Dead car battery while on campus? UAB can fix that — for free

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MARS streamJosh Greene, parking services technician with UAB TransportationLock your keys in your car in Express Lot 4 or run out of gas driving down 10th Avenue South? Don’t worry about calling your roadside assistance company — UAB Transportation’s Motorist Assistance Roadside Service program, known as MARS, can help you resolve the issue fast and for free.

MARS is a no-cost service available to all UAB employees, students and visitors, including those at UAB Hospital and on-campus clinics, 7:30 a.m.-10 p.m. weekdays, except holidays. A quick phone call to 205-975-6277 can get you help for car trouble such as a dead battery, a flat tire, an empty gas tank or locked-in car keys.

Call MARS at 205-975-6277 for help with dead batteries, flat tires, empty gas tanks or locked cars.

From April to June, MARS technicians resolved more than 560 service calls, according to Transportation Demand Manager Brian Atkinson. More than 50% of those were to charge a dead battery, 25% were to retrieve keys and about 14% were to put air in tires. Those numbers reflect national averages for car problems, according to data from national travel company AAA.

“We live in a busy world and UAB is a busy campus, which means that occasionally, we all have mishaps like leaving our headlights on or forgetting to grab the keys before we lock our cars,” said Andre Davis, director of UAB Transportation. “Our MARS team is on-hand to help resolve the issue and get you on your way.”

Tips from a tech

While MARS is at your service on UAB’s campus, it’s important to prepare for roadside problems that could happen elsewhere, says Josh Greene, who has worked as a parking services technician with UAB Transportation for more than two years. Greene helps dozens of MARS callers each week.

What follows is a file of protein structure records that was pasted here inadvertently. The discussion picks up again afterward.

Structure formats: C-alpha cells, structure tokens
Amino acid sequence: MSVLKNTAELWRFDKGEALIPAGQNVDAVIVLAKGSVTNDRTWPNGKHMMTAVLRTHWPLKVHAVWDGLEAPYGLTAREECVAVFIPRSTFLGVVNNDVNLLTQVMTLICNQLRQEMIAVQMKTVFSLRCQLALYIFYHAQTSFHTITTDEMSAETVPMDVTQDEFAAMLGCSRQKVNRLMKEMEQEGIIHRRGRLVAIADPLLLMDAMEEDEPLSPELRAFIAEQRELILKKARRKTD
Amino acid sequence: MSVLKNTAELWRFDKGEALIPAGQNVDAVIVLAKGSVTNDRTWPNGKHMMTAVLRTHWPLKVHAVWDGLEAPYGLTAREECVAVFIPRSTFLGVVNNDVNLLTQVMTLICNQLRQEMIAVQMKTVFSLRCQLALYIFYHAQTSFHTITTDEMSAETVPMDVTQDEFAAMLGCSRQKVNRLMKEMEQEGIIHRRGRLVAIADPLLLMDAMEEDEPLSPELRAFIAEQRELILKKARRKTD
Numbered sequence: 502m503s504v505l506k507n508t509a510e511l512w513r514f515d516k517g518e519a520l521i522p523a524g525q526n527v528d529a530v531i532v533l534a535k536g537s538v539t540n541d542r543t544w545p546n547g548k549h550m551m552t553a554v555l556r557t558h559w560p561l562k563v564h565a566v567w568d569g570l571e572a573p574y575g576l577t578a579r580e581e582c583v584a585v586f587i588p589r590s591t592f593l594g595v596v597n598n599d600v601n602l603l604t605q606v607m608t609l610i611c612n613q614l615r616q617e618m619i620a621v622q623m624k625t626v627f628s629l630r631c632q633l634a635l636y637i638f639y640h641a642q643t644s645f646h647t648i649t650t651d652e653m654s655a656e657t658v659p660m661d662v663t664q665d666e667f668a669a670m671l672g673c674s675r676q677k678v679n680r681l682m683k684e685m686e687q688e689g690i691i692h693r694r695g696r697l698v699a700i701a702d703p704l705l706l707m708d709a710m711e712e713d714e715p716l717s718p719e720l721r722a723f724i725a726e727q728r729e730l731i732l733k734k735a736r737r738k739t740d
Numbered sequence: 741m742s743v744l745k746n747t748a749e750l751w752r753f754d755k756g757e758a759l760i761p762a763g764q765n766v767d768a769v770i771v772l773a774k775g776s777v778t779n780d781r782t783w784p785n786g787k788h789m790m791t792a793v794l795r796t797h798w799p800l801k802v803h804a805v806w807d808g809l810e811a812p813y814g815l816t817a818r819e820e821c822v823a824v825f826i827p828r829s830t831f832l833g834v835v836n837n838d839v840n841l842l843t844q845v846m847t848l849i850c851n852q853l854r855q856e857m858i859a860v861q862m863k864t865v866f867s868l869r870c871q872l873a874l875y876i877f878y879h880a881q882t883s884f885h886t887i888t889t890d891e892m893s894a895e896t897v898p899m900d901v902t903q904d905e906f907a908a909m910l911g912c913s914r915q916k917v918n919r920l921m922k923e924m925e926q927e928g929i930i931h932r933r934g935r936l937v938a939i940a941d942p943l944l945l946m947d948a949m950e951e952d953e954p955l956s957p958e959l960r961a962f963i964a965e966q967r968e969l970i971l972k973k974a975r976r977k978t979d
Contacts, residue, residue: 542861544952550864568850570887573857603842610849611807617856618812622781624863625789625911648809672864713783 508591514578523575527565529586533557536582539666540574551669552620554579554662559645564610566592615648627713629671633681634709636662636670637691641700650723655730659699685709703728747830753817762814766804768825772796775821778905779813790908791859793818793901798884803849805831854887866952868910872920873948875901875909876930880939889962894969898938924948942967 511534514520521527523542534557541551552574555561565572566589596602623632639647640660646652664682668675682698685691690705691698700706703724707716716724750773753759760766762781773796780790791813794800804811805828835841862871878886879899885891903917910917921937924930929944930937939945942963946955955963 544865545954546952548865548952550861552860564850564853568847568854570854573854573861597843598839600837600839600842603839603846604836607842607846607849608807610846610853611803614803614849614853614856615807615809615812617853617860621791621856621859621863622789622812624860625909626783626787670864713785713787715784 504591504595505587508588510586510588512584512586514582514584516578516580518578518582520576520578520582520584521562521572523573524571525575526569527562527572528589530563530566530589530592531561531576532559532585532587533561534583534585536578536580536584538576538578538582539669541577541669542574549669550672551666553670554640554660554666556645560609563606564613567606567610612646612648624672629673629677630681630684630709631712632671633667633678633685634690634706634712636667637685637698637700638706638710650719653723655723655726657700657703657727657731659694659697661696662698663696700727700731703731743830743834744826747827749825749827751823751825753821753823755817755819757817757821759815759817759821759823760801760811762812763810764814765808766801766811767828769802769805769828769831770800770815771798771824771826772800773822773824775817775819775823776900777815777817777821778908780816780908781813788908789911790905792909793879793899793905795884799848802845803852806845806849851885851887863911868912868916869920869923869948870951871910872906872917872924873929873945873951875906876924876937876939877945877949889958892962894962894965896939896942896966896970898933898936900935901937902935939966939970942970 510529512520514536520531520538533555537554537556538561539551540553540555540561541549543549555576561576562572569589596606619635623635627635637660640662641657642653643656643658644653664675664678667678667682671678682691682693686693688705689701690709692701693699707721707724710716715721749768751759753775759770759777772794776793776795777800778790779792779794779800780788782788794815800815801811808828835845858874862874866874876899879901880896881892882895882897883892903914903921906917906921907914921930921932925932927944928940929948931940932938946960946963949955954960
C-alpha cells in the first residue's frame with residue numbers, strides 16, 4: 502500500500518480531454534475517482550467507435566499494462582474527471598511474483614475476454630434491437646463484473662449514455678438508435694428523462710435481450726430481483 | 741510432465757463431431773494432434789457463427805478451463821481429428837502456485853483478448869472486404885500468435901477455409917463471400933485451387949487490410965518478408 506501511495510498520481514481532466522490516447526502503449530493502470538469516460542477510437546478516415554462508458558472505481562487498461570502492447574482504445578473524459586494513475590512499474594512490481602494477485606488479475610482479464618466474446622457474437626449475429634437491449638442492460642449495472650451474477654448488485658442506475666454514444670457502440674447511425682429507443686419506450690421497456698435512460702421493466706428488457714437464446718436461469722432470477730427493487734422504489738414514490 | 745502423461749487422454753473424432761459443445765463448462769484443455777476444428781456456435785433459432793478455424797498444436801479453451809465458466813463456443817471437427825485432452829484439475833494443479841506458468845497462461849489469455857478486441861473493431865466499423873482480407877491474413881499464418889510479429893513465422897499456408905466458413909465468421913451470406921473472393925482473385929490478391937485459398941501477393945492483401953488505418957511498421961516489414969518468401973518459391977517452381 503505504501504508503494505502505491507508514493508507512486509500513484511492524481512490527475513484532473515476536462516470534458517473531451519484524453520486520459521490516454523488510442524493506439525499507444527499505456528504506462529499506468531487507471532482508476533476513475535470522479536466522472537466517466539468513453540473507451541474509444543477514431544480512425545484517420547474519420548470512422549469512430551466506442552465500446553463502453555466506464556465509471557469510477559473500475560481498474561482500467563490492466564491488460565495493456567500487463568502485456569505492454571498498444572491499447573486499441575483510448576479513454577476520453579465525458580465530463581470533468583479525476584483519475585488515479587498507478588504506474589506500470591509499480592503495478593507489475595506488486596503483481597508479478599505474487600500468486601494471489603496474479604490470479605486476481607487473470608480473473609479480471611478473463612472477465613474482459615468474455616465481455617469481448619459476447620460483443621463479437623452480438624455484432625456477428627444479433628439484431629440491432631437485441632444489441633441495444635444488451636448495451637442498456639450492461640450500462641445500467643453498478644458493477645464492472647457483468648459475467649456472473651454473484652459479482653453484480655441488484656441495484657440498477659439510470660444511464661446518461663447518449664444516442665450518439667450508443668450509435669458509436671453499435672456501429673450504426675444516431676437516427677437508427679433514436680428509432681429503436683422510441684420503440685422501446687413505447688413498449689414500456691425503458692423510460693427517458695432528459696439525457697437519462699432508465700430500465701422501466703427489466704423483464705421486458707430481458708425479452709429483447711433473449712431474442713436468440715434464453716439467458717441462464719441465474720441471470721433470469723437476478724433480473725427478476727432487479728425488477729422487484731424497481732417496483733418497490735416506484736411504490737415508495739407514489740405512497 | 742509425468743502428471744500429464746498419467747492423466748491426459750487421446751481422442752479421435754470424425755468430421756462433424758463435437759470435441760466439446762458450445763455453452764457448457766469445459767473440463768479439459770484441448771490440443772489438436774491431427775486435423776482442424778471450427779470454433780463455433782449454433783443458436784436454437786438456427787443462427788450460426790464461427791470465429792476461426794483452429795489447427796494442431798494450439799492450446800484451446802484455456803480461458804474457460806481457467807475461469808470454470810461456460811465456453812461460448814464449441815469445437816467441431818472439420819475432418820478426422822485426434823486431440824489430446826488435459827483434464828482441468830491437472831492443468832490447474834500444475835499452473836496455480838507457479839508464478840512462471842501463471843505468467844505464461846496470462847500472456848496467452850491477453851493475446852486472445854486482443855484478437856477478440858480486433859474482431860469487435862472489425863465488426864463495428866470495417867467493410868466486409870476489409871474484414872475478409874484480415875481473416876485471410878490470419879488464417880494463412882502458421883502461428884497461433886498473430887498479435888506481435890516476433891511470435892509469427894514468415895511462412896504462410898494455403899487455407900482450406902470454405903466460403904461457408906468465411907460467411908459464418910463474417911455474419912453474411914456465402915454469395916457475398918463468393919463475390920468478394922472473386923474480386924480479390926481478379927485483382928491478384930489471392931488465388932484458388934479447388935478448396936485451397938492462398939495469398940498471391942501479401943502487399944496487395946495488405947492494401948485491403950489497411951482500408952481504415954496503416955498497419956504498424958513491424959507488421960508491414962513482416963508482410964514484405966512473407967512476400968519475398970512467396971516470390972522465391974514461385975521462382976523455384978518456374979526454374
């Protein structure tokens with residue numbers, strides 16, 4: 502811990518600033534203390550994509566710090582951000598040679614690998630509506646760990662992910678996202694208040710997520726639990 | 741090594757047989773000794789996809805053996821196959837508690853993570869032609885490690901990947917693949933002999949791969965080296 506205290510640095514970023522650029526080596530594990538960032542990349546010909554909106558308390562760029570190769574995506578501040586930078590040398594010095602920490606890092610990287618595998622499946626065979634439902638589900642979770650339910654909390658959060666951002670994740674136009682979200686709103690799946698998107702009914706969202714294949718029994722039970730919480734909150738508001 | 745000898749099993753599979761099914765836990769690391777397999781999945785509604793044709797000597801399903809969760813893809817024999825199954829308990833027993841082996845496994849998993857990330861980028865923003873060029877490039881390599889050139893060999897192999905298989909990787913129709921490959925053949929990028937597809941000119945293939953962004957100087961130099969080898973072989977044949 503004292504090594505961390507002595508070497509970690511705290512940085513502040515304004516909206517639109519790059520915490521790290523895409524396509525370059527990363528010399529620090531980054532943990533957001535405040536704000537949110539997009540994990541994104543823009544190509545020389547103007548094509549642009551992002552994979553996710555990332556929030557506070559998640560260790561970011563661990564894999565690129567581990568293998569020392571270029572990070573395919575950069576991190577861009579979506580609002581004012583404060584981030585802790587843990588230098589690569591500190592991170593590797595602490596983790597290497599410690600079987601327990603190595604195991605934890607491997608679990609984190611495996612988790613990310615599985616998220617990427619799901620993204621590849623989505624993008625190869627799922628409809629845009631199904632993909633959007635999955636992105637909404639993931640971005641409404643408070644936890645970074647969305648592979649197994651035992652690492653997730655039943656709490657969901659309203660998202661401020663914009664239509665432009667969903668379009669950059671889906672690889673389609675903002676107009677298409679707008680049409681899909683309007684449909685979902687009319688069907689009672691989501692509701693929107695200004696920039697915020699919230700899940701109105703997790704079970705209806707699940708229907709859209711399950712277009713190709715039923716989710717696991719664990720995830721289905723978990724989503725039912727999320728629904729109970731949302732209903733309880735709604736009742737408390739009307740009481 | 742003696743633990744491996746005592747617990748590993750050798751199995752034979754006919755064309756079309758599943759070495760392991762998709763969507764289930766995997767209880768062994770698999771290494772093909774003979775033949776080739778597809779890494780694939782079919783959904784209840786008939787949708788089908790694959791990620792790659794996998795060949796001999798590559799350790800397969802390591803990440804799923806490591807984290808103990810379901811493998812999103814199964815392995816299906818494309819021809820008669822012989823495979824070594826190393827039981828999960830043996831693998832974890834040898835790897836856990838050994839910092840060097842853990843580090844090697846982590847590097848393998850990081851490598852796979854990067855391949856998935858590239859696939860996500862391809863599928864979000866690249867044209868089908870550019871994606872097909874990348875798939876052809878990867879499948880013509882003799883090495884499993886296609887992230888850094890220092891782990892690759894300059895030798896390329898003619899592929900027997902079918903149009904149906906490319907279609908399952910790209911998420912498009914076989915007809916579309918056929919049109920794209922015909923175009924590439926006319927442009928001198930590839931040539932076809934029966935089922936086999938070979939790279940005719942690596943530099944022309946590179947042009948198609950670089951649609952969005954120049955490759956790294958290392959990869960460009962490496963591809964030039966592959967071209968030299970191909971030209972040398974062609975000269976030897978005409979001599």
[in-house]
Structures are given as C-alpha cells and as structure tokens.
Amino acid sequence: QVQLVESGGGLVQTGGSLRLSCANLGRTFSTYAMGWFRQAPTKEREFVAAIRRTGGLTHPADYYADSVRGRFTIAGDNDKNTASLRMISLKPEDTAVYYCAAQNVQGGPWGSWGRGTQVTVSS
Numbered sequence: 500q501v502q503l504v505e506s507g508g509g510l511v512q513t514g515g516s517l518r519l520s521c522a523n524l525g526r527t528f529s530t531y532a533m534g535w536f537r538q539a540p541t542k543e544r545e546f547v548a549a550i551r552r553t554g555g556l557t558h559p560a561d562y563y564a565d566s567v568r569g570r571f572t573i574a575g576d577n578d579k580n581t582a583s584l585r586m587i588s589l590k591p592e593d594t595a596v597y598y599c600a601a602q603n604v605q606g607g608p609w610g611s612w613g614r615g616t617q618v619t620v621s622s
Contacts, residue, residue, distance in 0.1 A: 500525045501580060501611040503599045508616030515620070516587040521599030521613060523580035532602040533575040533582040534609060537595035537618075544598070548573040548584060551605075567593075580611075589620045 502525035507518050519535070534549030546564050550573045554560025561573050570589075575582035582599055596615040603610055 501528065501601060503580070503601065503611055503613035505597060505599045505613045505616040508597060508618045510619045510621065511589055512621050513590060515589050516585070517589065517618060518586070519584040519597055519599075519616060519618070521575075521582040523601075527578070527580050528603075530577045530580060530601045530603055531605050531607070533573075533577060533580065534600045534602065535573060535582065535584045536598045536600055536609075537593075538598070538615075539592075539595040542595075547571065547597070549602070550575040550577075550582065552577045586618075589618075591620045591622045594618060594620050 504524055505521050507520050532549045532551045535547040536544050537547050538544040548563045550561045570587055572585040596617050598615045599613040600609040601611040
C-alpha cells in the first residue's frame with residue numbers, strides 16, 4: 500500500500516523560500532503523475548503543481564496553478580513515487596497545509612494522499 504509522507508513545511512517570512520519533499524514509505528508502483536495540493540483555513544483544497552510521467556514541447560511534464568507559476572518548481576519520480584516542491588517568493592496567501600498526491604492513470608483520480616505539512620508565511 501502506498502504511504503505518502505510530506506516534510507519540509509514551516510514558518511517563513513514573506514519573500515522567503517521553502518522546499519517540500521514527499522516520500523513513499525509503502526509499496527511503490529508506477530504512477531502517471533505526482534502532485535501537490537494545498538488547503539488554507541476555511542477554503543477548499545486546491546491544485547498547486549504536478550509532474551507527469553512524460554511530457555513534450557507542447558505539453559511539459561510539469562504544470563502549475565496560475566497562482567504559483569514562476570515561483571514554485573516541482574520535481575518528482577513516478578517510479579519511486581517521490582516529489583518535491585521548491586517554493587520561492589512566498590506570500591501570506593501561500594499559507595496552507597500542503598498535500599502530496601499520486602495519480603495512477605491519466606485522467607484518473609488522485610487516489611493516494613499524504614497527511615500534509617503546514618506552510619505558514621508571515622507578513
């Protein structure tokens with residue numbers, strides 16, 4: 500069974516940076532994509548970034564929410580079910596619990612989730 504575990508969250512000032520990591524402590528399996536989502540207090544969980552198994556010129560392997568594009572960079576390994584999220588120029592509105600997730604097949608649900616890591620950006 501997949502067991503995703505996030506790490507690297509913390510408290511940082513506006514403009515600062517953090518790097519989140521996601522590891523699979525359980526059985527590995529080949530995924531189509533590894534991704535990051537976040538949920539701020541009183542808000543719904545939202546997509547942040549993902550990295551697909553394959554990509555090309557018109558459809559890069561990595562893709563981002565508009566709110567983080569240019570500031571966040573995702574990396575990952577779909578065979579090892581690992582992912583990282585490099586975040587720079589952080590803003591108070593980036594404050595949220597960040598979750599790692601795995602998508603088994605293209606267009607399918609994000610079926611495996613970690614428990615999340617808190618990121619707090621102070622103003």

Check your spare tire.
If your new car purchase doesn’t come with a spare, purchase one and store it for emergencies. Many newer vehicles only come with tire-inflator kits. And if your car has a built-in spare tire, ensure it’s actually useable, Greene recommends.

“Nine out of 10 times, the spare tire in someone’s car will be old and flat,” Greene said.

Also, drivers should check their tire pressure monthly to ensure they are inflated to vehicle standards, which are outlined in the owner’s manual.

Check your battery as it ages.
Vehicle batteries only last around three to four years, Greene says, and AAA recommends drivers begin testing their vehicle battery once it reaches three years of age or older.

Greene specifically advises monitoring for corrosion, which is indicated by a powdery light-blue substance on the battery’s terminal. Shops such as Advance Auto Parts offer free battery checks. He also recommends checking your battery charge once a quarter or each time you change your oil.

Keep an eye on your keys.
Locking keys inside a car is one of the hardest issues to prevent, Greene says, because it is accidental. For those who are especially forgetful, placing a spare key in a magnetic lockbox under the car or hiding one behind the license plate might be a good idea.

“Other than that, just make sure that when you exit your vehicle, your keys are in your possession,” he said.

AAA recommends that drivers who use smart keys or keyless entry fobs avoid bringing them in contact with water and ensure they replace the battery whenever necessary.

Fill up your tank.
This one is easy, Greene says: If your gas needle is inching toward empty, it means it’s time to fill up.

“If you’re low on gas, do not chance it,” Greene emphasized. “Go ahead and just go to the gas station.”